By Davidta Brown, Senior Staff Editor
The pain, nausea, and light or sound sensitivity that comprise a migraine attack afflict more than 10% of individuals around the world, easily making migraines one of the most globally debilitating diseases of the present day.1 According to the International Headache Society (IHS), migraines are defined by both pain and frequency. Migraine headache is typically a frontotemporal pain, characterized by unilateral location, pulsating, and associated nausea or vomiting.2 Furthermore, each recurrent migraine attack may last from 4 hours to as many as 72 hours if untreated.1
The IHS classifies migraines as either migraine with aura, or migraine without aura.2 Aura is the term given to the series of neurological symptoms that occur before the onset of migraine headache, and may include visual disturbances, “pins and needles” sensations, and motor weakness.2 Chronic migraine is another migraine subgroup, distinguished by the occurrence of any headache on fifteen or more days out of a month, and migraine headache on at least eight days out of a month.2 Some patients experience a “premonitory phase”, hours or days before the migraine headache, or a resolution phase after the pain has subsided. Premonitory and resolution symptoms may include hyperactivity, hypoactivity, repetitive yawning, or depression.2
Migraine is now known to be a vascular headache, caused by the activation of nerve fibers in the walls of blood vessels supplying the cranial meninges.3 However, since the pathology of this condition is not completely understood, relief consists of either avoiding triggers or treating symptoms. Currently used acute treatments, administered as soon as symptoms occur, include triptans to increase plasma levels of serotonin, which leads to constriction of the blood vessels, and reduction of the pain threshold.3 Ergot derivatives are another option, which create therapeutic effect by binding to serotonin receptors on nerve cells to decrease the transmission of pain signals.3 Patients may also rely on the use of NSAIDs to reduce inflammation and alleviate pain.
The American Academy of Neurology recommends the anti-epileptic drugs divalproex sodium, sodium valproate, and topiramate, as well as β-blockers metoprolol, propranolol, and timolol, as part of their evidence-based guidelines for migraine prophylaxis.4 In addition, frovatriptan is suggested for the prevention of menstrual migraine headache.4 In terms of comparative effectiveness, topiramate is deemed to be probably as effective as propranolol, sodium valproate, and amitriptyline.4 Metoprolol is possibly as effective as aspirin in migraine prevention.4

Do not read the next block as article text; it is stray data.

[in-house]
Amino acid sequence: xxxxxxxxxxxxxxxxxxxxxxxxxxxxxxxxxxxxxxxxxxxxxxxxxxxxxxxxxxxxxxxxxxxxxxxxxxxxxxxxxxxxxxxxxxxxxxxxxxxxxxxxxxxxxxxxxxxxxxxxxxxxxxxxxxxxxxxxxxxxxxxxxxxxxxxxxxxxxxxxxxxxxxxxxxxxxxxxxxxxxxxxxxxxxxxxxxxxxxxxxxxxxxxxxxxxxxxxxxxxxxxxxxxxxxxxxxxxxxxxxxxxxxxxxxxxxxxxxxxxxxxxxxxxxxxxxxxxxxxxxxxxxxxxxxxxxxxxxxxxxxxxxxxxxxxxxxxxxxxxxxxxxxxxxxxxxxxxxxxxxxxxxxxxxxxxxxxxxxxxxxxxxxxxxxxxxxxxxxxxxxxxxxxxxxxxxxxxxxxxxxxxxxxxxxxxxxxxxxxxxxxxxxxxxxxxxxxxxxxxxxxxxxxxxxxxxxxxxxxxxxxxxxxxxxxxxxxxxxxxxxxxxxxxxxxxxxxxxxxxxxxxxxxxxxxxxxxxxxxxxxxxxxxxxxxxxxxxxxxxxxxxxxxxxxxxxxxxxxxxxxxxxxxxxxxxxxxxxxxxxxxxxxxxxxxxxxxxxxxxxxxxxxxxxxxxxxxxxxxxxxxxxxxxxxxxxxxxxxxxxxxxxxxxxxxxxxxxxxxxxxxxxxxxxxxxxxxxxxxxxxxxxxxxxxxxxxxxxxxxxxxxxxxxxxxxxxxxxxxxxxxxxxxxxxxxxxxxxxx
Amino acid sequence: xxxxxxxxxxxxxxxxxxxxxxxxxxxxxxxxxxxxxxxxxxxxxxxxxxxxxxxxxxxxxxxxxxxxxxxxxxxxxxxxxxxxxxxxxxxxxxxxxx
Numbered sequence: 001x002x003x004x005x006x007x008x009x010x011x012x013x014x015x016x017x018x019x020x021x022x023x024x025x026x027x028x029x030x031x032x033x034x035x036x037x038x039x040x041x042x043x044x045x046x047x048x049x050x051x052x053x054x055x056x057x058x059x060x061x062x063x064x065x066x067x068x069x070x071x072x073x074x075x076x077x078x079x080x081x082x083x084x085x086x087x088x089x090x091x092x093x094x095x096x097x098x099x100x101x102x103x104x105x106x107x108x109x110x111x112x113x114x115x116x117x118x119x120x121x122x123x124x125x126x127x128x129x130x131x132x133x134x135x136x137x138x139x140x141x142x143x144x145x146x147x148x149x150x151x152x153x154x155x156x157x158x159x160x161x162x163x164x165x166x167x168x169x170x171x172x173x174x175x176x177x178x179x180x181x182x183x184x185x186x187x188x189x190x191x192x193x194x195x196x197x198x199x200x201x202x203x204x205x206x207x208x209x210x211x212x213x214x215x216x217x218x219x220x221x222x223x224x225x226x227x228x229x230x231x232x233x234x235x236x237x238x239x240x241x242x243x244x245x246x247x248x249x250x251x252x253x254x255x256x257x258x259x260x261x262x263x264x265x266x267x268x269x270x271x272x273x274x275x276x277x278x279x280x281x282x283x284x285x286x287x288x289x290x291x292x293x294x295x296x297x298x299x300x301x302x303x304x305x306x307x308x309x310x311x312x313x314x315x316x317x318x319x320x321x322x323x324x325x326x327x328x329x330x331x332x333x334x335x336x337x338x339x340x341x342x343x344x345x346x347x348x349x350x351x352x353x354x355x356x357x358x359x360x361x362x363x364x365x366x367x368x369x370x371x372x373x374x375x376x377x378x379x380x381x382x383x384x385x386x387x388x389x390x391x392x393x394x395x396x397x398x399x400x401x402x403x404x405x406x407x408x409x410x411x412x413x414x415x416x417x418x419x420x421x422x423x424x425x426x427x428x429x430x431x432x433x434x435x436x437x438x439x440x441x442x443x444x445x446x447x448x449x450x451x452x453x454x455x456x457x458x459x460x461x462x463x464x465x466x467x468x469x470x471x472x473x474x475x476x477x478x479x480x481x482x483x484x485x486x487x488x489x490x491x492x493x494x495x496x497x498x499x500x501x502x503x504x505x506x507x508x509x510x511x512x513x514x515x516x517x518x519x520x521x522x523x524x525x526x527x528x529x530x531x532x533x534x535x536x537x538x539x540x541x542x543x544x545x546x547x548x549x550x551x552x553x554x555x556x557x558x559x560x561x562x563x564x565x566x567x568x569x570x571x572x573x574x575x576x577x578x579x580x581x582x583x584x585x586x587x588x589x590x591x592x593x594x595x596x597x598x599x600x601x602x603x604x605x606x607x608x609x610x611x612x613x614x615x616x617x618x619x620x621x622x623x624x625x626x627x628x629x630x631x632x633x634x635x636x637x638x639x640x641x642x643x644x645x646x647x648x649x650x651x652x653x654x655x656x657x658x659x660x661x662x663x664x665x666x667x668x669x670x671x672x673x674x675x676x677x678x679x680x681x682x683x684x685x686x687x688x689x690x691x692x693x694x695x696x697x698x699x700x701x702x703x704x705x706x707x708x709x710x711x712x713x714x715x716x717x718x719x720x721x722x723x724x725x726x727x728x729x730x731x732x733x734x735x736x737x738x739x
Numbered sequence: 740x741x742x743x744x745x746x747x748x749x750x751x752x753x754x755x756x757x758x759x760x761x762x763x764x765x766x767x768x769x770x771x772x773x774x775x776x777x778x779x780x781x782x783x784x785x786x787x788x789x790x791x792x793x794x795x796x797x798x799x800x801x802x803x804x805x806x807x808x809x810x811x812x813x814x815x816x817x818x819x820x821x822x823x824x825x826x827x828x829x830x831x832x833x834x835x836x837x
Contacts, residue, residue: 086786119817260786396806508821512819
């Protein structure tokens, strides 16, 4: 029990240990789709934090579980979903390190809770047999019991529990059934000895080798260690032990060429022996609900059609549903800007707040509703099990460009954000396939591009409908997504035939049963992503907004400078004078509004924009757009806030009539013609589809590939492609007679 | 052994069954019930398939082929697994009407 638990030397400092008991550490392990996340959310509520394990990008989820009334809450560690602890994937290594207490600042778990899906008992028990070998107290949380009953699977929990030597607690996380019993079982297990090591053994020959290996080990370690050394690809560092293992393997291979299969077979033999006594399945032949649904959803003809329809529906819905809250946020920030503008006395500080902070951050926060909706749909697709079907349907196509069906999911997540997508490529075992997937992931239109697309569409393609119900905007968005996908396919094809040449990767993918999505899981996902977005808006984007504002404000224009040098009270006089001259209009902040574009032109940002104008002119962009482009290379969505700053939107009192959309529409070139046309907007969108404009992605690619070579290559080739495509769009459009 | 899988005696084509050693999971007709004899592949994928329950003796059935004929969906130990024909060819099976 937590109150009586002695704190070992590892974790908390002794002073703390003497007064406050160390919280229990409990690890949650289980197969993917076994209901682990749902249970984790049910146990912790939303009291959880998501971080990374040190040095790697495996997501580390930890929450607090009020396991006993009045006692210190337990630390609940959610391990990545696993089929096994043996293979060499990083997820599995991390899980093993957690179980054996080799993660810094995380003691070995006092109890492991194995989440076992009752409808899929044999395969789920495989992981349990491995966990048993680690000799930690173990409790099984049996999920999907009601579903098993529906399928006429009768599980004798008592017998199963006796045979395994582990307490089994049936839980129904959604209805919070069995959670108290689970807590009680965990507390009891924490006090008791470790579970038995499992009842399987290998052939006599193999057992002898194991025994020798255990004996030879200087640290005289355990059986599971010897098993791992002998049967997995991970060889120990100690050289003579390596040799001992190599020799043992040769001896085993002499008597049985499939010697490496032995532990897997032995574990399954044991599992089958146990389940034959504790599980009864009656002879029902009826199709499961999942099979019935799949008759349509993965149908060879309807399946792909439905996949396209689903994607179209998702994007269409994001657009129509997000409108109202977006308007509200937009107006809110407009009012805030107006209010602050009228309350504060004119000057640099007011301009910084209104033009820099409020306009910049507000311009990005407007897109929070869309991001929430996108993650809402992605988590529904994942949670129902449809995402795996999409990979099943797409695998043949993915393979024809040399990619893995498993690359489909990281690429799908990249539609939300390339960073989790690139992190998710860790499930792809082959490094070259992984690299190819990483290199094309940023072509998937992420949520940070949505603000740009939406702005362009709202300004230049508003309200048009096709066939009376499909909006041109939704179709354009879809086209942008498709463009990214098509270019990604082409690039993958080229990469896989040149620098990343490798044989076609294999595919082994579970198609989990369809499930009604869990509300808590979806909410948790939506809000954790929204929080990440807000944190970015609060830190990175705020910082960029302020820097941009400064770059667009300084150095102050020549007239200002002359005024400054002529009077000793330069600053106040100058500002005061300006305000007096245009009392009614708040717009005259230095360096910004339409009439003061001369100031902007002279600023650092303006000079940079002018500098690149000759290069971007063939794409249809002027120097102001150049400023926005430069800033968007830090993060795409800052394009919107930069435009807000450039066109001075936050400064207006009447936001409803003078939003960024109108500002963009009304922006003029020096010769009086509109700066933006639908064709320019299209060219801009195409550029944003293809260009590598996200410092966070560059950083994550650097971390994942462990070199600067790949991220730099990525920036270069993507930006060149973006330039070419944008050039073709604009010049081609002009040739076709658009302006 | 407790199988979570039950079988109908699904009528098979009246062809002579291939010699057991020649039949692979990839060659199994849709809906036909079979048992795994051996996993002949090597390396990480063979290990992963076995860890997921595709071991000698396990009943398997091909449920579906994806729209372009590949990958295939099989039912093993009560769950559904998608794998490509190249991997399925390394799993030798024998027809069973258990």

Consistent follow-up evaluation and testing is necessary to treatment with divalproex sodium and sodium valproate, because of the associated risks of liver failure, pancreatitis, and teratogenicity.4 Weight changes are another significantly reported adverse effect associated with some of these migraine prophylactics. In one study, 18.8% of patients given topiramate experienced weight loss, and 34.5% of patients treated with sodium valproate showed weight gain.4 Among the beta-blockers, metoprolol patients showed no significant adverse events while propranolol patients experienced some drowsiness, fatigue, and weight gain.4 Although these drugs can be effective in some people, others do not find relief and some cannot take these medications due to contraindications or the side effect profile of the drug.
For several years, it has been known that a 33-amino acid neuropeptide called calcitonin gene-related peptide (CGRP) has played a role in the causation of migraine pain. While the protein has varied functions throughout the body, it works in the central nervous system to dilate intracranial blood vessels, modulate pain perception, and enhance the release of another pain mediator, substance P.5 Plasma levels of CGRP are elevated in individuals suffering from migraine attacks, and intravenous administration of CGRP to patients who are chronic migraine sufferers triggers migraine-like pain.5,6 This knowledge has made the CGRP molecule a highly favorable target for inhibitory drug therapy.
To this end, several pharmaceutical companies have invested in the research of drugs intended to inhibit CGRP activity at its receptor. Unfortunately, these experimental treatments have shown little long-term clinical success. One study of CGRP-receptor antagonists also revealed that prolonged use leads to elevated plasma transaminase. 6,7 An investigational antagonist called Telcagepant caused these high levels in patients enrolled in a small phase II study.8,9 However, since this result has proven to be singular, it is unclear whether the adverse event was a response to the particular compound or to the class as a whole.8